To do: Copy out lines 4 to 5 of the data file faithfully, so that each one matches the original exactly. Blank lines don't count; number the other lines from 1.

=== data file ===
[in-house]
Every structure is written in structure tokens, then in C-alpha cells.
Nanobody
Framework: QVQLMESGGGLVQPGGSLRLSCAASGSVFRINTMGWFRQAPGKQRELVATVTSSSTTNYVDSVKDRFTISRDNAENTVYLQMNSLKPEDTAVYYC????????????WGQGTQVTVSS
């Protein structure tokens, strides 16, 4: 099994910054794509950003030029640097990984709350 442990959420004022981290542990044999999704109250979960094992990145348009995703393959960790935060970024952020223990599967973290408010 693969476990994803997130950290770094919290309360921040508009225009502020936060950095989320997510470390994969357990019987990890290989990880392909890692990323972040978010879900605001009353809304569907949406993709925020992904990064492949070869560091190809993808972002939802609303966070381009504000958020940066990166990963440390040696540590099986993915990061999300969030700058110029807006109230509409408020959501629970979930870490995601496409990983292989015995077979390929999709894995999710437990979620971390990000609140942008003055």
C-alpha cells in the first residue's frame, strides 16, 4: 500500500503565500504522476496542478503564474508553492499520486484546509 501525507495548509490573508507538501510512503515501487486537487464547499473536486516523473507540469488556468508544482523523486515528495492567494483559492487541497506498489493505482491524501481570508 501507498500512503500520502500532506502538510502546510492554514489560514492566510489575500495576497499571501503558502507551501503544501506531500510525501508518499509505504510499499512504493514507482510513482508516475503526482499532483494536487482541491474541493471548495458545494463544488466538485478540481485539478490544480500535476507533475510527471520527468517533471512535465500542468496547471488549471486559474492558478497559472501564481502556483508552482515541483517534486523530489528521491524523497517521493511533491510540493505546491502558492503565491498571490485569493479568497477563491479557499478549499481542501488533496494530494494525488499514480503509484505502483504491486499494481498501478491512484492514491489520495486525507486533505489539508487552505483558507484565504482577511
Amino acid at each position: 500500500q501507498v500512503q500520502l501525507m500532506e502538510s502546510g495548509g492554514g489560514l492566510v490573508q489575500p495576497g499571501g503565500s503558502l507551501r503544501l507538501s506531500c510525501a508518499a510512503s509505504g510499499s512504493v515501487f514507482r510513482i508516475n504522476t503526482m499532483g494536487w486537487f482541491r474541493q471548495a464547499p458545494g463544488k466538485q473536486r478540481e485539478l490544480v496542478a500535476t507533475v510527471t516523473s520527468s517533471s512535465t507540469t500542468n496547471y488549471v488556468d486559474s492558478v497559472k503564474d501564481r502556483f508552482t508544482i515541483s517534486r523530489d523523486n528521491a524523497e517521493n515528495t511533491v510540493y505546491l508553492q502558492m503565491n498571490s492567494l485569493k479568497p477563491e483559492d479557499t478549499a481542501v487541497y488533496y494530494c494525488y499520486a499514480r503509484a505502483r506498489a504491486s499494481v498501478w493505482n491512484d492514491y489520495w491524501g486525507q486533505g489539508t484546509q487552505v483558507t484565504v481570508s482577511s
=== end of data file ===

Framework: QVQLMESGGGLVQPGGSLRLSCAASGSVFRINTMGWFRQAPGKQRELVATVTSSSTTNYVDSVKDRFTISRDNAENTVYLQMNSLKPEDTAVYYC????????????WGQGTQVTVSS
């Protein structure tokens, strides 16, 4: 099994910054794509950003030029640097990984709350 442990959420004022981290542990044999999704109250979960094992990145348009995703393959960790935060970024952020223990599967973290408010 693969476990994803997130950290770094919290309360921040508009225009502020936060950095989320997510470390994969357990019987990890290989990880392909890692990323972040978010879900605001009353809304569907949406993709925020992904990064492949070869560091190809993808972002939802609303966070381009504000958020940066990166990963440390040696540590099986993915990061999300969030700058110029807006109230509409408020959501629970979930870490995601496409990983292989015995077979390929999709894995999710437990979620971390990000609140942008003055």